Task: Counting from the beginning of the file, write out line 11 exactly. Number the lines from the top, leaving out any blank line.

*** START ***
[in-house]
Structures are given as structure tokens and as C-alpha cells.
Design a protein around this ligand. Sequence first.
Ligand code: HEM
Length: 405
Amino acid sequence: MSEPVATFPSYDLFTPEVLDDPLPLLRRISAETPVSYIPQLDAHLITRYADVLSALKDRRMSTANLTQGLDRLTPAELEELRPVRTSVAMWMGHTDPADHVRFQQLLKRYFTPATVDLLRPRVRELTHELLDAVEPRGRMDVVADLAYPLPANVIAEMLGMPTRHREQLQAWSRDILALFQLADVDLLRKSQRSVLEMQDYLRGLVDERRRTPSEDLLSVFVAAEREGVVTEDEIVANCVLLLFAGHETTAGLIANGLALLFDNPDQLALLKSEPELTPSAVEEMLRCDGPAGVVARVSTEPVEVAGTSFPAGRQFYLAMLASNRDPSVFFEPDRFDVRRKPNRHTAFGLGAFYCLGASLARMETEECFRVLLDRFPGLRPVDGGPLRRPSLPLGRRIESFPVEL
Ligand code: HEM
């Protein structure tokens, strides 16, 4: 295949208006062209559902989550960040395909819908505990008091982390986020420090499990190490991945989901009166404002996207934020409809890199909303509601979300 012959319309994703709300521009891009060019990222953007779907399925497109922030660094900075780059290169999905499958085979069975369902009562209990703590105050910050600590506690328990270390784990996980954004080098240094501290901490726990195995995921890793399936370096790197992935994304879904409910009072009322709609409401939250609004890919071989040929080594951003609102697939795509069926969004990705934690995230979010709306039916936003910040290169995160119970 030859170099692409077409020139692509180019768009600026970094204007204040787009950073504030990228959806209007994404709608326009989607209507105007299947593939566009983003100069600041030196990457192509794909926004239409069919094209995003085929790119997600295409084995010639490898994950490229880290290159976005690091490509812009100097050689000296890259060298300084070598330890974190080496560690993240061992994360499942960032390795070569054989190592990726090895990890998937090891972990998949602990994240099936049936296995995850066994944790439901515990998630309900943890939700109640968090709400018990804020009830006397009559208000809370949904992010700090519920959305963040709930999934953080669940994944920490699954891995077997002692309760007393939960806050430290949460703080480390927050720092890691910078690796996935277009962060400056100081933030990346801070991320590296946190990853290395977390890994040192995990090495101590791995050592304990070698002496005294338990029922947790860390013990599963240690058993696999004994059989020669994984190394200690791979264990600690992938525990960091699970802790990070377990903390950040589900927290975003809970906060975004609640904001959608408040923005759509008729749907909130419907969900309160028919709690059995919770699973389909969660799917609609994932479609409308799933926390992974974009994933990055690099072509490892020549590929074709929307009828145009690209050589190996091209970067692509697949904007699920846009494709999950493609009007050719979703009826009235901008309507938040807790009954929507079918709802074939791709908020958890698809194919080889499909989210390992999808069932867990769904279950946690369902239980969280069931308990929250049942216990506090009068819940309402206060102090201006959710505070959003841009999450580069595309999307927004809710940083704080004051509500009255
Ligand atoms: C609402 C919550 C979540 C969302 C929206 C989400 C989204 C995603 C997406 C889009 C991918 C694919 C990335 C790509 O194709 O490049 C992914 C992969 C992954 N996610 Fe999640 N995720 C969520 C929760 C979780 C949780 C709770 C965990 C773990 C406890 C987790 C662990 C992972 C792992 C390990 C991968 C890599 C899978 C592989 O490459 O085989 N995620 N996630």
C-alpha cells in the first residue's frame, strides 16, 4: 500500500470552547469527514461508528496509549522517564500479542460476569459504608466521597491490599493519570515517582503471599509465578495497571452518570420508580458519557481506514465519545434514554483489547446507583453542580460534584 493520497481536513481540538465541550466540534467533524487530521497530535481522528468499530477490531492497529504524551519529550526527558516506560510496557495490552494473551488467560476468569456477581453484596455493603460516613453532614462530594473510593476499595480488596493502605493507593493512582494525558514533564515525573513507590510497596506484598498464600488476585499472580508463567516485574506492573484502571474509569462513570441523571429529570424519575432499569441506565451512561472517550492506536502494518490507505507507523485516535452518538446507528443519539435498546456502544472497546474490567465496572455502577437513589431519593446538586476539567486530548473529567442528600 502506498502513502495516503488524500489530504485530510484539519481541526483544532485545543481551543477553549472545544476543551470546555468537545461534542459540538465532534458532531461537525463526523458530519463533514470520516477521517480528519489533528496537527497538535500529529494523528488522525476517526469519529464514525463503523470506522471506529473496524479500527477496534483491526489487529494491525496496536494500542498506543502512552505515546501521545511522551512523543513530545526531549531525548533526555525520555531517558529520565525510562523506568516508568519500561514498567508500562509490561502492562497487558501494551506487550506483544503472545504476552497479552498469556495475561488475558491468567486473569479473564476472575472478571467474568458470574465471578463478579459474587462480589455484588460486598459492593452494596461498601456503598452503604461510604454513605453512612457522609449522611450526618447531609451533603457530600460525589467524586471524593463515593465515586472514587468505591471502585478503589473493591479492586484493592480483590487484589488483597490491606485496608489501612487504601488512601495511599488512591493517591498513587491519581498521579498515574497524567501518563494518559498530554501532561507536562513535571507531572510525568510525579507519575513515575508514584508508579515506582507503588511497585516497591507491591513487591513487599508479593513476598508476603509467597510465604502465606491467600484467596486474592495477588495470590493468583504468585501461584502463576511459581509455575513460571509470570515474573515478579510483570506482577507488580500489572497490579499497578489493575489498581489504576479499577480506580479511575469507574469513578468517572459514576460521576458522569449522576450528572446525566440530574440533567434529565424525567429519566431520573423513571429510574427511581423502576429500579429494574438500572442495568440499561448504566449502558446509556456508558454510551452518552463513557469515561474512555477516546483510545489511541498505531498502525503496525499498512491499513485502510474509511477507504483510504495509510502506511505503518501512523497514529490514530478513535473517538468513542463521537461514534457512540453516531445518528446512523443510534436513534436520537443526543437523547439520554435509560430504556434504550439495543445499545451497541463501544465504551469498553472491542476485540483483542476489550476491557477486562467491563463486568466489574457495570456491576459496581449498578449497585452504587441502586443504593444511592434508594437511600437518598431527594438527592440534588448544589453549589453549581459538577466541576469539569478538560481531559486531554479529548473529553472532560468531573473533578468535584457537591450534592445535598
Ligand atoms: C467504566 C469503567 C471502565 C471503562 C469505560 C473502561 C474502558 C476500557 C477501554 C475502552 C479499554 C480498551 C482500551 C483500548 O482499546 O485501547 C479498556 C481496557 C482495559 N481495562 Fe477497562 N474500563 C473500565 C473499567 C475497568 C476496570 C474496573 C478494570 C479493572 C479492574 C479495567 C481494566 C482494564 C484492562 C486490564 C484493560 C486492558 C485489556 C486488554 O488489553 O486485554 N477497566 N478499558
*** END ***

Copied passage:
Ligand atoms: C467504566 C469503567 C471502565 C471503562 C469505560 C473502561 C474502558 C476500557 C477501554 C475502552 C479499554 C480498551 C482500551 C483500548 O482499546 O485501547 C479498556 C481496557 C482495559 N481495562 Fe477497562 N474500563 C473500565 C473499567 C475497568 C476496570 C474496573 C478494570 C479493572 C479492574 C479495567 C481494566 C482494564 C484492562 C486490564 C484493560 C486492558 C485489556 C486488554 O488489553 O486485554 N477497566 N478499558